Horse training techniques
“When a horse gets it right, be quick to reward him” this is a must of our philosophy in training horses at Il Paretaio and I would love to share with you an extract of an interesting article which was published on Horse & Rider magazine in the Oct 2010 issue. The feature was about the horse training techniques used by Michael Peace who, with his unique “Think Equus” philosophy helps horses and riders of all levels to achieve their ultimate goals in life.
Positive reinforcement is when you reward a behaviour to encourage it
Negative reinforcement is when you discourage an unwanted behaviour. The horse learns that when he gets it right, he’s comfortable. For example, the rider puts pressure on the left rein to move the horse to the left ,and the horse learns that when he moves to the left, the rein pressure is removed.
Theory of neutral reinforcement is that it would be a mixture of negative and positive experiences. The horse learns to do the right thing through negative experiences, but when he gets it right, it’s comfortable for him and he is rewarded.
Flooding is trying to force a horse to do what you want by overwhelming him. For example, putting a dummy on his back until he stops bucking, or putting someone who is scared of spiders in a room full of them. When a horse is flooded, he either learns to deal with it – unwillingly- or he has a breakdown. I think flooding is cruel.
Horse training techniques: ” Your horse has to have faith in you and believe you will do the best thing by him”
How to be a neutral trainer
Talking about the horse training techniques we can say that the key to becoming a successful trainer and rider is to know exactly how much pressure to put on and when. Learn to read your horse’s body language carefully, so you can look out for little signs that he’s confused (so you make your signals clearer), worried ( then you reassure him and help him to find a way of dealing with it) or pushing his luck (you need to increase the pressure).
Most importantly, though, your horse has to have faith in you and believe that you’ll do the best thing by him- you have to be his manager and one he trusts. This is really hard to do if you’re scared of your horse or you’re not sure what you’re doing in a certain situation, so make a plan of action…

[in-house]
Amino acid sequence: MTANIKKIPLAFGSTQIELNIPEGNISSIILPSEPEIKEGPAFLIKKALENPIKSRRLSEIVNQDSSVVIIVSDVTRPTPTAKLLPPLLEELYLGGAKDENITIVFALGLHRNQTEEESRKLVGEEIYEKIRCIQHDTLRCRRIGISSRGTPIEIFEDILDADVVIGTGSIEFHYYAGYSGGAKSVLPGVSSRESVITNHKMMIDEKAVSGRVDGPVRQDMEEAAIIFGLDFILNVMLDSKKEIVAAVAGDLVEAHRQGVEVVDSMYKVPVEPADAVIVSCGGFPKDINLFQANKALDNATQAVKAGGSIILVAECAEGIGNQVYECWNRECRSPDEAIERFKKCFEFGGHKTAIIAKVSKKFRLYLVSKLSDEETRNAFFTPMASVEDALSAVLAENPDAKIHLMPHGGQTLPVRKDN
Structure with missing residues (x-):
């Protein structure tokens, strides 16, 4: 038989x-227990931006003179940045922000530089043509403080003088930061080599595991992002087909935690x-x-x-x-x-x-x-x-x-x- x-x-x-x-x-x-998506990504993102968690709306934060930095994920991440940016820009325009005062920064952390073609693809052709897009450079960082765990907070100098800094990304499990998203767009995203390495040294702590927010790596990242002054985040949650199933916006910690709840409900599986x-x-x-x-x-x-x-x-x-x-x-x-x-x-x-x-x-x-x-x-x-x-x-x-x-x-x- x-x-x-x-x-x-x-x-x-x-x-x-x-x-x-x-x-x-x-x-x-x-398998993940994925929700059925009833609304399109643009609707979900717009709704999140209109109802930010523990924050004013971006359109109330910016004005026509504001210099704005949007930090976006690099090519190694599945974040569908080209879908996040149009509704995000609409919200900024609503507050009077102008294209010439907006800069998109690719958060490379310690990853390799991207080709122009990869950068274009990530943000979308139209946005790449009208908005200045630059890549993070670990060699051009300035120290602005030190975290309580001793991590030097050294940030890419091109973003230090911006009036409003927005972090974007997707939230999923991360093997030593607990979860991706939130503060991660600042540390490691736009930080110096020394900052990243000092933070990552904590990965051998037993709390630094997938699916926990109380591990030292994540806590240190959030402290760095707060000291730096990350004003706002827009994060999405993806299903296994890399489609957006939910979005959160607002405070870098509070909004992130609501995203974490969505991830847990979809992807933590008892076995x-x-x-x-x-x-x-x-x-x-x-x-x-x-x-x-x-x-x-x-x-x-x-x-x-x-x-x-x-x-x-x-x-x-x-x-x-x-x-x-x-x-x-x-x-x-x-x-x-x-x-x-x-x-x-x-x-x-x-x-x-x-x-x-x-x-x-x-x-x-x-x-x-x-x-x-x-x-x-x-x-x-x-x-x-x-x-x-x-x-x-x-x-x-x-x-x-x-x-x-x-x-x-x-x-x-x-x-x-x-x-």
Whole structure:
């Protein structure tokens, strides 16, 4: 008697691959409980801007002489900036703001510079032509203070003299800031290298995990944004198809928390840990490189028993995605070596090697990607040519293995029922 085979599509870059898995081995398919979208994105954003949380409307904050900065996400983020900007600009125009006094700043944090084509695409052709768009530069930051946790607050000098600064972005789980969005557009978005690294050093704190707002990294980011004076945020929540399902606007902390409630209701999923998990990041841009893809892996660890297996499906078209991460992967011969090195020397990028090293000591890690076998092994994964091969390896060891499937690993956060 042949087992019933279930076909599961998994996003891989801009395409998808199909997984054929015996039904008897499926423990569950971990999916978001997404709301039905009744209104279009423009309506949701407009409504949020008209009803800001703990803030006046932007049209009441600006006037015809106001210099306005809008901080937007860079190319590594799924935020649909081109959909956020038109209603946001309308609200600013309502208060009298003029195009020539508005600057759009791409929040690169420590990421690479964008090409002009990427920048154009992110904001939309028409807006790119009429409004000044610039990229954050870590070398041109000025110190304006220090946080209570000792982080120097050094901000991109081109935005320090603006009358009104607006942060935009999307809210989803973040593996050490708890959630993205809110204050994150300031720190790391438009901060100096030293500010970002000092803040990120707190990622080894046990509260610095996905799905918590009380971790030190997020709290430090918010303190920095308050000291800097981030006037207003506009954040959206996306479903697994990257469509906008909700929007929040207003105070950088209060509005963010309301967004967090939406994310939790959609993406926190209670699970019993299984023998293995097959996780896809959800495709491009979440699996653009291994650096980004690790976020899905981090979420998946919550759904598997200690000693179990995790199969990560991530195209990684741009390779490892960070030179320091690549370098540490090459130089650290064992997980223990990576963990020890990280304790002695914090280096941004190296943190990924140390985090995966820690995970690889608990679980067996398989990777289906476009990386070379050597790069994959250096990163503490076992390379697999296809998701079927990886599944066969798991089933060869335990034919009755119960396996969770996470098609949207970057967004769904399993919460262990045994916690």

1 Take control of the situation
Remember, if you don’t trust your horse, then he won’t trust you, so work really hard to build up a bit more trust each day. For example, it might be allowing him an extra inch of rein contact, or going for a canter out hacking instead of just walking and trotting. As you start to trust your horse more, you should get the feeling that he trusts you more , too.
2 Know what you want to achieve with your horse
At the start of each session, you might not know what you want to achieve by the end of it, but you should know what you want to achieve at every split second along the way. Remember, if you are unsure about something and can’t make a decision- even for a split secon- your horse will feel the void with his own behaviour. This is because he will detect that you’re not in control, which will make him feel unsafe, so he feels the need to take control instead.
3 Be prepared to take the best route for the horse, not necessarily the quickest. Years ago ,I was crossing the Solent on my father-in-law’s boat on a windy day. Despite the weather, he decided to show me his boat’s auto-pilot, but when he pressed the button, the boat diverted off the safe path he was sailing and began to sail in the most direct route.On that particular day, the direct route wasn’t the best one as the sea was so rough, and soon lots of water was coming over the sides of the boat. My father in law decided to switch the auto-pilot off, and he was able to regain control of the boat and steer it along a safer and smoother route. A good reminder that quickest isn’t always best.
4. Make your body language clear at all time
if you want your horse to come to you make yourself inviting; if you want him to go away from you, make that clear too. To help you, remember the last time you walked into a room full of people you don’t know. It probably didn’t take you long to work out who was friendly and who you didn’t warm to. Mimicking their body language can make you approachable or appear hostile to your horse. Beware of becoming overfriendly, though. If, like me, you’re uncomfortable around people who invade your body space and who are very full-on, than respect that your horse might not like it either. By all means have a mutual grooming session with him from time to time, but remember that mutual grooming is something which is done between two horses who know each other well – each of them consents to it. Be sure your horse is happy to be on that level of intimacy with you and give him space to get away if he isn’t.
Try to avoid picks and troughs in your horse training techniques and aim to keep everything on an even level. Work with as many horses as you can to get experience and watch their body language carefully. It’s learning to read the subtle changes in body language – interrupting thought patterns and making tiny adjustements back to the right track – which will make you a great horse trainer